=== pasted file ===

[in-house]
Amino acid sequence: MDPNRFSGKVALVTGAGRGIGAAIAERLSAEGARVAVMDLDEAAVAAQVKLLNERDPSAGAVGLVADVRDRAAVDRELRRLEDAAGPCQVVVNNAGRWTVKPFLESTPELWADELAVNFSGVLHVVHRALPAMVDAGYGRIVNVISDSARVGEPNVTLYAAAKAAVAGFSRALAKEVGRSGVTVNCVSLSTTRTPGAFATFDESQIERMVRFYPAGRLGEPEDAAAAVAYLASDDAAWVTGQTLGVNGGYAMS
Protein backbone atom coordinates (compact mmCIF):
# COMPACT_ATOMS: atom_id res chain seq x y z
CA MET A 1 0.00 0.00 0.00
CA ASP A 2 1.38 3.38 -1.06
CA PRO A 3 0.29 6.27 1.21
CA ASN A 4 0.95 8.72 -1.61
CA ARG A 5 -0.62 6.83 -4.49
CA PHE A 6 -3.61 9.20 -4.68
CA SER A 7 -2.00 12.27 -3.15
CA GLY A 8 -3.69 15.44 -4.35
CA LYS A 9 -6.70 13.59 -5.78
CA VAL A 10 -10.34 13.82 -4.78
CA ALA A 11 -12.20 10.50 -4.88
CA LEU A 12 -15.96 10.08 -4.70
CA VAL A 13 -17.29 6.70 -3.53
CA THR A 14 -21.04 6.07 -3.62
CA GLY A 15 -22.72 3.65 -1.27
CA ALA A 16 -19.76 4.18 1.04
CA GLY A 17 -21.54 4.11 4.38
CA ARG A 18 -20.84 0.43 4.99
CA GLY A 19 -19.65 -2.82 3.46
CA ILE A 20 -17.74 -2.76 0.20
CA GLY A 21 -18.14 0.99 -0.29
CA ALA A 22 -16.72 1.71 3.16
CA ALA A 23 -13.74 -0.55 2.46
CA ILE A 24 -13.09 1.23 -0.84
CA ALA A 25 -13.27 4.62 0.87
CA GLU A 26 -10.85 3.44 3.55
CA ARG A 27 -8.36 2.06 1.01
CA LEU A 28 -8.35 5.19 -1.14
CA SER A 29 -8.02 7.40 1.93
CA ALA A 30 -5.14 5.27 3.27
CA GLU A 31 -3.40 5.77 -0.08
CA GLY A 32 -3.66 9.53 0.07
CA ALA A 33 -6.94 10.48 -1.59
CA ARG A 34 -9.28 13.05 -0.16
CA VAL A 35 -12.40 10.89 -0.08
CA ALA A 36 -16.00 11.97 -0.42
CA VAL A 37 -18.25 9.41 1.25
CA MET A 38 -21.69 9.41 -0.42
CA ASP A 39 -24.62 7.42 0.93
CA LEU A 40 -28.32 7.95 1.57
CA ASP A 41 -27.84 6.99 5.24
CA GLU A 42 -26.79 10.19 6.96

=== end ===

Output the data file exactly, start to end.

[in-house]
Amino acid sequence: MDPNRFSGKVALVTGAGRGIGAAIAERLSAEGARVAVMDLDEAAVAAQVKLLNERDPSAGAVGLVADVRDRAAVDRELRRLEDAAGPCQVVVNNAGRWTVKPFLESTPELWADELAVNFSGVLHVVHRALPAMVDAGYGRIVNVISDSARVGEPNVTLYAAAKAAVAGFSRALAKEVGRSGVTVNCVSLSTTRTPGAFATFDESQIERMVRFYPAGRLGEPEDAAAAVAYLASDDAAWVTGQTLGVNGGYAMS
Protein backbone atom coordinates (compact mmCIF):
# COMPACT_ATOMS: atom_id res chain seq x y z
CA MET A 1 0.00 0.00 0.00
CA ASP A 2 1.38 3.38 -1.06
CA PRO A 3 0.29 6.27 1.21
CA ASN A 4 0.95 8.72 -1.61
CA ARG A 5 -0.62 6.83 -4.49
CA PHE A 6 -3.61 9.20 -4.68
CA SER A 7 -2.00 12.27 -3.15
CA GLY A 8 -3.69 15.44 -4.35
CA LYS A 9 -6.70 13.59 -5.78
CA VAL A 10 -10.34 13.82 -4.78
CA ALA A 11 -12.20 10.50 -4.88
CA LEU A 12 -15.96 10.08 -4.70
CA VAL A 13 -17.29 6.70 -3.53
CA THR A 14 -21.04 6.07 -3.62
CA GLY A 15 -22.72 3.65 -1.27
CA ALA A 16 -19.76 4.18 1.04
CA GLY A 17 -21.54 4.11 4.38
CA ARG A 18 -20.84 0.43 4.99
CA GLY A 19 -19.65 -2.82 3.46
CA ILE A 20 -17.74 -2.76 0.20
CA GLY A 21 -18.14 0.99 -0.29
CA ALA A 22 -16.72 1.71 3.16
CA ALA A 23 -13.74 -0.55 2.46
CA ILE A 24 -13.09 1.23 -0.84
CA ALA A 25 -13.27 4.62 0.87
CA GLU A 26 -10.85 3.44 3.55
CA ARG A 27 -8.36 2.06 1.01
CA LEU A 28 -8.35 5.19 -1.14
CA SER A 29 -8.02 7.40 1.93
CA ALA A 30 -5.14 5.27 3.27
CA GLU A 31 -3.40 5.77 -0.08
CA GLY A 32 -3.66 9.53 0.07
CA ALA A 33 -6.94 10.48 -1.59
CA ARG A 34 -9.28 13.05 -0.16
CA VAL A 35 -12.40 10.89 -0.08
CA ALA A 36 -16.00 11.97 -0.42
CA VAL A 37 -18.25 9.41 1.25
CA MET A 38 -21.69 9.41 -0.42
CA ASP A 39 -24.62 7.42 0.93
CA LEU A 40 -28.32 7.95 1.57
CA ASP A 41 -27.84 6.99 5.24
CA GLU A 42 -26.79 10.19 6.96